Developing a Case Theory and a Case Theme - Chapter 4 - Case Preparation and Presentation: A Guide for Arbitration Advocates and Arbitrators
Rocco M. Scanza and Jay E. Grenig both serve on the American Arbitration Association's labor panel.
Mr. Scanza is an Attorney, Arbitrator and Mediator of labor and employment disputes. He is also the Executive Director of Cornell University's Scheinman Institute on Conflict Resolution, where he teaches courses in workplace alternative dispute resolution. Mr. Scanza was formerly a national Vice President at the American Arbitration Association. He graduated from Queens College in New York City and Loyola Law School of Los Angeles. He lives and works in Ithaca, N.Y.
Mr. Grenig is a Professor of Law at Marquette University Law School. He has served as an arbitrator or mediator in over 2,000 labor and employment disputes. A member of the National Academy of Arbitrators, the American Law Institute, and the Order of the Coif, Mr. Grenig is also a fellow of the College of Labor and Employment Lawyers. He formerly chaired the Labor and Employment Law Section of the Association of American Law Schools and served as a consultant to the National Commission on Employment Policy. He has written or co-written numerous books and articles.
§ 4:01 GENERALLY
Developing a theory of the case is one of the most important tasks you perform in preparing for an arbitration hearing. The case theory is the strategic plan for achieving your goals in arbitration. Development of a case theory begins after you learn the initial facts through interviews and informal investigations.1 Throughout the preparation and presentation of the arbitration case, the theory of the case will be revised and updated as more information becomes available.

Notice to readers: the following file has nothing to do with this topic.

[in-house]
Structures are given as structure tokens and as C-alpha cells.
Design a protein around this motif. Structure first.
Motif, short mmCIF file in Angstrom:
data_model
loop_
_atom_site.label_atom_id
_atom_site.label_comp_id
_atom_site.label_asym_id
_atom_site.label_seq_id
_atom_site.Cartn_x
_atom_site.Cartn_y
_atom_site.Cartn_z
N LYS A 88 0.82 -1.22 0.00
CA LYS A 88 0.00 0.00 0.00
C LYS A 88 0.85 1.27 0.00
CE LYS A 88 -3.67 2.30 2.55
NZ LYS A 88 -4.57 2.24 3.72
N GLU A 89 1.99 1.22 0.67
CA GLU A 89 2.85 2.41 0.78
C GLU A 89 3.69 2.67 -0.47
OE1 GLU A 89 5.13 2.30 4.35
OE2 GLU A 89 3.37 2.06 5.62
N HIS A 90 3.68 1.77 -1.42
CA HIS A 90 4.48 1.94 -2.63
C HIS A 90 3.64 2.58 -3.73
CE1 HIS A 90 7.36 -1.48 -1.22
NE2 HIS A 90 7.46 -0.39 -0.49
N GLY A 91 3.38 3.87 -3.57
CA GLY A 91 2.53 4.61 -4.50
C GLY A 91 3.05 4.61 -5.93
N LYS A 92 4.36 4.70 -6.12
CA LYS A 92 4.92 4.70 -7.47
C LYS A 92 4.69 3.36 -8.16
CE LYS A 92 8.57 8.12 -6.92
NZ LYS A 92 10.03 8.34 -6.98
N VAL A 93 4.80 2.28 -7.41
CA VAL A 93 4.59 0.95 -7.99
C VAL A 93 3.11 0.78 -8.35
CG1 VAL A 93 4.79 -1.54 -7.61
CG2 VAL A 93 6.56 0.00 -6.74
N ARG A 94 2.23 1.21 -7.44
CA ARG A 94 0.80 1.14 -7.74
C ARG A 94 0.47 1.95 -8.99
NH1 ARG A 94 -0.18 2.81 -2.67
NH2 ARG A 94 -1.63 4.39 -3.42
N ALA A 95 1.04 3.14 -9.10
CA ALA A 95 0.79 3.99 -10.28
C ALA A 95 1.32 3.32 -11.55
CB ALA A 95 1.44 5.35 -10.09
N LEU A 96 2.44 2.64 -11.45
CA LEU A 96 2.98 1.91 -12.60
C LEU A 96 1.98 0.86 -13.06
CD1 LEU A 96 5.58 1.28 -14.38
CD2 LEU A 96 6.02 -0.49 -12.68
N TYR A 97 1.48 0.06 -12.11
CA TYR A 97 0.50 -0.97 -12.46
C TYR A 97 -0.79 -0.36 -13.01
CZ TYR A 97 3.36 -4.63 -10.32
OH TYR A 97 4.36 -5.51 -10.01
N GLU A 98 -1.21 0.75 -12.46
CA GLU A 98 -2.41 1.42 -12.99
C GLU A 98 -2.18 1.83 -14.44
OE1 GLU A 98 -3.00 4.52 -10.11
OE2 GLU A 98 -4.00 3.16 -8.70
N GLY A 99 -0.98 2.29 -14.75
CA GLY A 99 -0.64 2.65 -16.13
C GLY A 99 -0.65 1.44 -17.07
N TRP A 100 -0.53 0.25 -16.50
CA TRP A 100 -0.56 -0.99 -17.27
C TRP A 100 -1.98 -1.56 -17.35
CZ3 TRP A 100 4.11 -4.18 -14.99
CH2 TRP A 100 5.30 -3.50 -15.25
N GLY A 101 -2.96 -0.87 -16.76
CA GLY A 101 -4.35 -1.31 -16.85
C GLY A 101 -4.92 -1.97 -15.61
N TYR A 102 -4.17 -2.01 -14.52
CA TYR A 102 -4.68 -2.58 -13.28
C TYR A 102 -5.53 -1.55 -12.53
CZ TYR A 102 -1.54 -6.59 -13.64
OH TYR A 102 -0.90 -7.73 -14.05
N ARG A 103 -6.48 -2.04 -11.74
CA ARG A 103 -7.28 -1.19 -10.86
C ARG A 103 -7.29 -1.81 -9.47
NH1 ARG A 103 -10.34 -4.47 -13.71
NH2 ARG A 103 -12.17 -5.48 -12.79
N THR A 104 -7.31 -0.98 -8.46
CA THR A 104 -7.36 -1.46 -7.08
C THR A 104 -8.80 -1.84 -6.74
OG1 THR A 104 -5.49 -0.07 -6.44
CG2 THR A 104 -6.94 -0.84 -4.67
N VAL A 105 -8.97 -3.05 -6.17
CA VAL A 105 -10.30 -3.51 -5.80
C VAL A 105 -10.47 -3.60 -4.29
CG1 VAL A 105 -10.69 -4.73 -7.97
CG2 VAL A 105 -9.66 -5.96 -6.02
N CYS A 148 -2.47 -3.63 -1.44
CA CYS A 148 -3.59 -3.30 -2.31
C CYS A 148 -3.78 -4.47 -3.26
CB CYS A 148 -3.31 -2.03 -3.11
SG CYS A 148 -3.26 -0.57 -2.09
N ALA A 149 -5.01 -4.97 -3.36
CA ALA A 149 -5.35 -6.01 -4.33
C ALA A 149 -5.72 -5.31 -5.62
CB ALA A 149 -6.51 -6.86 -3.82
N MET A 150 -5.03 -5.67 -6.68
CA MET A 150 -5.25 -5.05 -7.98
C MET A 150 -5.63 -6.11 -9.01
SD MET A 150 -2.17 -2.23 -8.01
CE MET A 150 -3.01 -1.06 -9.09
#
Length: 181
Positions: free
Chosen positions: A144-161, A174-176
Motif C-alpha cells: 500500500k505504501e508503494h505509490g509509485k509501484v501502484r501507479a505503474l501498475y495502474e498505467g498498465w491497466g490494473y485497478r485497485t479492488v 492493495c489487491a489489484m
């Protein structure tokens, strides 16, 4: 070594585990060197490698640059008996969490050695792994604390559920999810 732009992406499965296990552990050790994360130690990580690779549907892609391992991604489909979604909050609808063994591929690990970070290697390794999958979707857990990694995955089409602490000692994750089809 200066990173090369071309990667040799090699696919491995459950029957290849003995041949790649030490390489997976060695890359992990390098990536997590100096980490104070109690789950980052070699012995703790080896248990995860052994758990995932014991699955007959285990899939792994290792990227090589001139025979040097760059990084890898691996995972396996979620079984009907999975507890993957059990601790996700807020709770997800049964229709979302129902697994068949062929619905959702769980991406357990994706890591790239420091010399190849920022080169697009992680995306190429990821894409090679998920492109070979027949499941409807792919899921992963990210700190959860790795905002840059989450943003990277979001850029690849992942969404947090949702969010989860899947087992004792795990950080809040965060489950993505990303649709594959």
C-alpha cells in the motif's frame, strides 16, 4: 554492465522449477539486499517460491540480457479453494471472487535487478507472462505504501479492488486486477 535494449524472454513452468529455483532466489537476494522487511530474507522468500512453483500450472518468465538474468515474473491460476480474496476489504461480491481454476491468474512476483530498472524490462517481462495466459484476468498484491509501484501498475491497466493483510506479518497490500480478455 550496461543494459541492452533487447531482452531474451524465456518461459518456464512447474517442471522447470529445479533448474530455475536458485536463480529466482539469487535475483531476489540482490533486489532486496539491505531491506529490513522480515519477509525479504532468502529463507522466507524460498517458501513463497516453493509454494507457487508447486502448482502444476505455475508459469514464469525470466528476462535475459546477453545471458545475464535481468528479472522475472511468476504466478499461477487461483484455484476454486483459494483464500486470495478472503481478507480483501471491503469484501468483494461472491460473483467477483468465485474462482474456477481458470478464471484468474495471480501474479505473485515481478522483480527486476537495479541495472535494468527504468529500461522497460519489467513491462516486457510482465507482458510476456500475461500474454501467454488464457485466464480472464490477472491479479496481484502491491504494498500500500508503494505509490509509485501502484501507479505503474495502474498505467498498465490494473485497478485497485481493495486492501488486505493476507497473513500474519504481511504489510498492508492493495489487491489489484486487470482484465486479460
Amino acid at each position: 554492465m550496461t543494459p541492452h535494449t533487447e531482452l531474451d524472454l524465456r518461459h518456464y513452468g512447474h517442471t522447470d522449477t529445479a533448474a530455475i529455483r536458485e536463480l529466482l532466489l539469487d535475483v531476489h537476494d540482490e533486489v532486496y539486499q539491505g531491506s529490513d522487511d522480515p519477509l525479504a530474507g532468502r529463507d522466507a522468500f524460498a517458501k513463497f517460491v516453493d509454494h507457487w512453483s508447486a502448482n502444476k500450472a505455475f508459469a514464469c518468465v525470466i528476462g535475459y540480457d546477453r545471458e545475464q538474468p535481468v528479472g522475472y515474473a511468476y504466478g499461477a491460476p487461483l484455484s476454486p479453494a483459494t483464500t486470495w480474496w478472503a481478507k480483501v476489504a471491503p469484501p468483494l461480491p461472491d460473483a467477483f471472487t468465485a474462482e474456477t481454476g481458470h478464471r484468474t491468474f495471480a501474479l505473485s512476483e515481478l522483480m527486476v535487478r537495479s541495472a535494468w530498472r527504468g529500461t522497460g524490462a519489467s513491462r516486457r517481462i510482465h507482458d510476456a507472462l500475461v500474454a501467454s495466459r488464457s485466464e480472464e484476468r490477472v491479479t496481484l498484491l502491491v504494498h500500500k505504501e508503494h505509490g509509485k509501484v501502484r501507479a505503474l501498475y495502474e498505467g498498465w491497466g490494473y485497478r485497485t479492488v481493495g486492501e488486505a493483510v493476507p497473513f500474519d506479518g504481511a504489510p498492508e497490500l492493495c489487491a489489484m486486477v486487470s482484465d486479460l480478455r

The theory of the case provides a tactical structure serving as your organizing principle for the arbitration hearing. A properly developed theory of the case will provide guidance for every action—from investigating, interviewing, selecting witnesses, preparing an opening statement, selecting exhibits, examining witnesses, and preparing closing arguments.
In developing a theory of the case, you must understand both the development o fthe legal theories and the factual theories of your case and your opponent's case. The legal theories and factual theories are interrelated, and linked through law, information, and the client's objectives.2 The legal theory is the legal framework developed from review of applicable rules and standards, including statutes, regulations, contract provisions, and case law. The factual theory is the party's story, justifying relief under the legal theory and based on the information and inferences from that information.3